For many outlets, the overt talk of Müller being benched is great for driving traffic, but it is mostly speculative — as we covered in this piece. Simply put, it is great for business. At some time, though, even for the most confident professional athletes (who, in general, are some of most over-confident, yet insecure, people on Earth), the constant mental and physical battle between where you think you are, where the team thinks you are, and where the masses and media think you are, becomes a grind.
There are absolutely those with the opinion that a squad can never be deep enough, and then there are people like me, who see too much redundancy on a roster as a volatile situation.
Maybe I shouldn’t worry about it. Maybe outbursts like the one Renato Sanches had after the Hertha Berlin game or James spending a season pouting and complaining should not be my concern. Sure, inherently, every team will have conflict. This Bayern Munich situation, however, is different. While Kovac might be the squad’s leader in title, he has not asserted control to the point where the players believe in him; that much is certain.
Maybe injuries will mount and all the depth will be needed, or maybe Müller finds himself mired on the bench as the team moves on without him, or maybe even Müller’s status does not change at all. We can only sit by and wait to see how things play out.
Does Bayern want to move on from Müller?
At some point, the situation has to wear on a player like Müller. At some point, he has to ask himself whether the privilege of suiting up for Bayern Munich is worth putting the final years of his prime at risk.
I don’t know whether Niko Kovac likes Müller, but Kovac seems to be on a constant quest to find Müller’s replacement — even if the path always ultimately leads the club back to using Müller for when the team needs a win most.
The organizational indifference toward Müller of late also does not stem only from the coach. The Bayern front office itself has not been overly supportive of Müller. Even today, Bayern Munich CEO Karl-Heinz Rummenigge issued this cryptic statement, which seems to leave little doubt about how the club see Müller’s role:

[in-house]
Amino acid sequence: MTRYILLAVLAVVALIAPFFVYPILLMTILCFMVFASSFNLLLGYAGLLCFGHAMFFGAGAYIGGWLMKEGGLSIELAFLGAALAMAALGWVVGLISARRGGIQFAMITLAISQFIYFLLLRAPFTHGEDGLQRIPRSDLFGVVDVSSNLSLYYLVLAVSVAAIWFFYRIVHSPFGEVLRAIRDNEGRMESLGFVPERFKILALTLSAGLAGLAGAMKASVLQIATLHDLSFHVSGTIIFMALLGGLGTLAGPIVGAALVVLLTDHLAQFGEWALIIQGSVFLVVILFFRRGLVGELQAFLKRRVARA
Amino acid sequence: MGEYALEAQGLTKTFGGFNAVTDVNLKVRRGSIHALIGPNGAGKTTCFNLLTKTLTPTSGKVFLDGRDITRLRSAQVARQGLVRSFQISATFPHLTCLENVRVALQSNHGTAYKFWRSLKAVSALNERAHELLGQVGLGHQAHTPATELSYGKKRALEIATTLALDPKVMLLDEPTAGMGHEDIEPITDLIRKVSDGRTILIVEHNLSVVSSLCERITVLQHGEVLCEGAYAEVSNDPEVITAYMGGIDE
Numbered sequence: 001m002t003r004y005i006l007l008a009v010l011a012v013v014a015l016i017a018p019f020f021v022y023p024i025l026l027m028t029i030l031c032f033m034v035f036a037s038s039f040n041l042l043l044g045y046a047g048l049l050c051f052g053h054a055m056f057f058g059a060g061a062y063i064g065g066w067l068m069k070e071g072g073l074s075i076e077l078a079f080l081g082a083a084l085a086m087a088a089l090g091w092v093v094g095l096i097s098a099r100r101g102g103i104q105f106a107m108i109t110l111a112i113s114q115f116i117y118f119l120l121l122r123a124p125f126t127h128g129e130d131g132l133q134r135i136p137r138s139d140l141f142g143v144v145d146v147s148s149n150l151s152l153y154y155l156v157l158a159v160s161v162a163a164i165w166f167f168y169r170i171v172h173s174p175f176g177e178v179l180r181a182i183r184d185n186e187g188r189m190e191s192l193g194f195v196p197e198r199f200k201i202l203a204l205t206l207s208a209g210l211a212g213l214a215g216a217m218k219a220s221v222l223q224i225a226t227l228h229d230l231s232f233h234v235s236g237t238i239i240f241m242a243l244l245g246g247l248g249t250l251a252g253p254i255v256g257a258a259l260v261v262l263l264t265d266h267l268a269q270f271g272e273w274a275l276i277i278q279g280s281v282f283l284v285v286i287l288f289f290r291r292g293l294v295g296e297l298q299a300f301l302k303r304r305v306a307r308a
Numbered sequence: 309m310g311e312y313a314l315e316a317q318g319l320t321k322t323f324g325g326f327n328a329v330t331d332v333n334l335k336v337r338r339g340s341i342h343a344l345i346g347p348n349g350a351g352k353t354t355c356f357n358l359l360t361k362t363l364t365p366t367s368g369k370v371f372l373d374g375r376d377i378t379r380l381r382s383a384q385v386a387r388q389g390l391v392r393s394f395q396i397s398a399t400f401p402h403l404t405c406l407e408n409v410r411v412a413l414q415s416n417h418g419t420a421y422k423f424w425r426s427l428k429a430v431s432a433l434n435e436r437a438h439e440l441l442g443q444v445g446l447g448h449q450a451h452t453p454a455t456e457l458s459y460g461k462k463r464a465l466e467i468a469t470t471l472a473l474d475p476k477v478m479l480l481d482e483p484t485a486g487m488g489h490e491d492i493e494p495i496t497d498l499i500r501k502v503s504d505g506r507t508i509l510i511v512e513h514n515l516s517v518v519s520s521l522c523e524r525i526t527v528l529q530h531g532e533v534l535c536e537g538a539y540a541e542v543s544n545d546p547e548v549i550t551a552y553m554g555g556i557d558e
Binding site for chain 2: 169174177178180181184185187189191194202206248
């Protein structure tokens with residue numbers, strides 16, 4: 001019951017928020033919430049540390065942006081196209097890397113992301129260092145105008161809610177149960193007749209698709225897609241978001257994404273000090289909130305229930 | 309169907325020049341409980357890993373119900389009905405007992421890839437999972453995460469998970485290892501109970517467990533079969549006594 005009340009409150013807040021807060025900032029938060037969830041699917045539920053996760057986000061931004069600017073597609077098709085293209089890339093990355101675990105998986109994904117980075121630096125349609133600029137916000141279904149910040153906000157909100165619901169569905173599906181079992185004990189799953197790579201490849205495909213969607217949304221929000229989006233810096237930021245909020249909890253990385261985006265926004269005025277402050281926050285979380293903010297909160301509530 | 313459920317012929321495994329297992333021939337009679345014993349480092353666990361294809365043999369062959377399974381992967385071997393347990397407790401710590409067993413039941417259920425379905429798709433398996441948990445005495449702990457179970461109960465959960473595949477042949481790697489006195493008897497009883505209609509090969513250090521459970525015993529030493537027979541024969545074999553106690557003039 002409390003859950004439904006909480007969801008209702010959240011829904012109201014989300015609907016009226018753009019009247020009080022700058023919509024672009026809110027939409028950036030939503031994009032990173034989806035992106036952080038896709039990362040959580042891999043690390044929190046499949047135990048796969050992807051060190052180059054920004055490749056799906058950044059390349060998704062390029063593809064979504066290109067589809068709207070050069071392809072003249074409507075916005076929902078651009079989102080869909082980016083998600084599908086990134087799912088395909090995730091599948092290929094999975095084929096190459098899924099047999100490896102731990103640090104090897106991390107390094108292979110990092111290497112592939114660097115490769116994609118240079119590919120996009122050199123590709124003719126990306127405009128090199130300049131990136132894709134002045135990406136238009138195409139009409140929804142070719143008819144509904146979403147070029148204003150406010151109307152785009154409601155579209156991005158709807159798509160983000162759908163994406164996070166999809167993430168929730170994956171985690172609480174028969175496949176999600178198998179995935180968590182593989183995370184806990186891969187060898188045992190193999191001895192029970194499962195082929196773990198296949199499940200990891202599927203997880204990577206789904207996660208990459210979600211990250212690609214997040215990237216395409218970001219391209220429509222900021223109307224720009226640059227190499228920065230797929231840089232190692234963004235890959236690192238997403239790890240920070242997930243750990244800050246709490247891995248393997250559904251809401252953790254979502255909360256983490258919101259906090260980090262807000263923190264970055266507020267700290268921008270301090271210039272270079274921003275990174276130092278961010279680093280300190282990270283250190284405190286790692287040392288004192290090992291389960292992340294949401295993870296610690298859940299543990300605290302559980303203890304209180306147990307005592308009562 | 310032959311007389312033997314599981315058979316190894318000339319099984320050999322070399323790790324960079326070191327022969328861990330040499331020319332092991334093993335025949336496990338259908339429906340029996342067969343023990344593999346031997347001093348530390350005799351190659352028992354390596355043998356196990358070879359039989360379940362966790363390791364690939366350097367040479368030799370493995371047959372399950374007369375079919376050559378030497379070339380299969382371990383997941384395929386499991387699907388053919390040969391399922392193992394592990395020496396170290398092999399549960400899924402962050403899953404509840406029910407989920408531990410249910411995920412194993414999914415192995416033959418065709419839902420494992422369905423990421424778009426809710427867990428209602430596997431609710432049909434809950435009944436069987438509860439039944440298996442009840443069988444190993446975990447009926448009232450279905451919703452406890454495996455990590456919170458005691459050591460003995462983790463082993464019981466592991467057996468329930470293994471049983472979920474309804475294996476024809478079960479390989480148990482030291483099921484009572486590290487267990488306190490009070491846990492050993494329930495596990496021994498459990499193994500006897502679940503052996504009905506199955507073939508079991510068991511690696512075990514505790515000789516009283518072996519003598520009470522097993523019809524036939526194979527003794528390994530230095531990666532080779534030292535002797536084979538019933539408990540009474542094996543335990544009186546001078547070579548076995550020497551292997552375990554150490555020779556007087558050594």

Rummenigge says he thinks Philippe Coutinho's best position is the 10: "That's why he got it (the number)"— Bayern & Germany (@iMiaSanMia) August 21, 2019
Read into that what you will, but publicly pushing another player into a position that is currently occupied by a club legend typically does not bode well for said club legend. There seems to be more than meets the eye with Bayern Munich’s philosophy toward Müller.
Time to move on?
If Müller finds himself relegated to the bench, his demeanor likely won’t change — he’s too much of a professional for that — but his mindset on his future likely will. Müller has already dropped a few hints that he is open-minded about a potential move, and it would appear that a long stint on the bench here could have him echoing the poignant words of Tom Petty: “It’s time to move on, it’s time to get goin’, what lies ahead I have no way of knowin’.”
It’s nice to use bravado and say he should stick around and fight for a spot, but it feels — and looks — like the team has been actively trying to replace him for years now. Would you want to stick around a place — in your prime — that does not seem to want you in the lineup? I don’t think most people would.
I think now Müller is finally going to feel that sting of rejection and with it, he will start to examine what is best for him instead of what is best for the club. And you know what, that’s fair.
So, whatever happens with Müller — whether he plays or he sits and whether he stays or he goes — the 29-year-old star will have to start considering more about what is best for him and less about the state of Bayern Munich.